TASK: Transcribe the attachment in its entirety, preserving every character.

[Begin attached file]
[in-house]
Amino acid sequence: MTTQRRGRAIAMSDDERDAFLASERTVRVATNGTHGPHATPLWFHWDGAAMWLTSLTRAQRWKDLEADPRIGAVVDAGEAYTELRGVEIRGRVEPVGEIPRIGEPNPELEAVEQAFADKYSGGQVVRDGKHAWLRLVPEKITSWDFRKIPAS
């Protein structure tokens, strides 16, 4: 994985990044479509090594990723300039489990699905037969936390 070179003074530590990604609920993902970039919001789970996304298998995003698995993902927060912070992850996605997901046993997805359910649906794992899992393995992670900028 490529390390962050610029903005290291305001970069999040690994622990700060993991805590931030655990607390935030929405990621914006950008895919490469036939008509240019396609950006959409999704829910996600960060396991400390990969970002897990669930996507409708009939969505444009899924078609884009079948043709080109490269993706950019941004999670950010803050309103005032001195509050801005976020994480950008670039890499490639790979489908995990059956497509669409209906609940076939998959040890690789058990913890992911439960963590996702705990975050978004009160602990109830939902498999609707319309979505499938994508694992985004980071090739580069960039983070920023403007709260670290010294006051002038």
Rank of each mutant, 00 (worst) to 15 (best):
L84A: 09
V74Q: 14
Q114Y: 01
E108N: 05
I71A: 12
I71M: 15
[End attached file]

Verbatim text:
[in-house]
Amino acid sequence: MTTQRRGRAIAMSDDERDAFLASERTVRVATNGTHGPHATPLWFHWDGAAMWLTSLTRAQRWKDLEADPRIGAVVDAGEAYTELRGVEIRGRVEPVGEIPRIGEPNPELEAVEQAFADKYSGGQVVRDGKHAWLRLVPEKITSWDFRKIPAS
């Protein structure tokens, strides 16, 4: 994985990044479509090594990723300039489990699905037969936390 070179003074530590990604609920993902970039919001789970996304298998995003698995993902927060912070992850996605997901046993997805359910649906794992899992393995992670900028 490529390390962050610029903005290291305001970069999040690994622990700060993991805590931030655990607390935030929405990621914006950008895919490469036939008509240019396609950006959409999704829910996600960060396991400390990969970002897990669930996507409708009939969505444009899924078609884009079948043709080109490269993706950019941004999670950010803050309103005032001195509050801005976020994480950008670039890499490639790979489908995990059956497509669409209906609940076939998959040890690789058990913890992911439960963590996702705990975050978004009160602990109830939902498999609707319309979505499938994508694992985004980071090739580069960039983070920023403007709260670290010294006051002038």
Rank of each mutant, 00 (worst) to 15 (best):
L84A: 09
V74Q: 14
Q114Y: 01
E108N: 05
I71A: 12
I71M: 15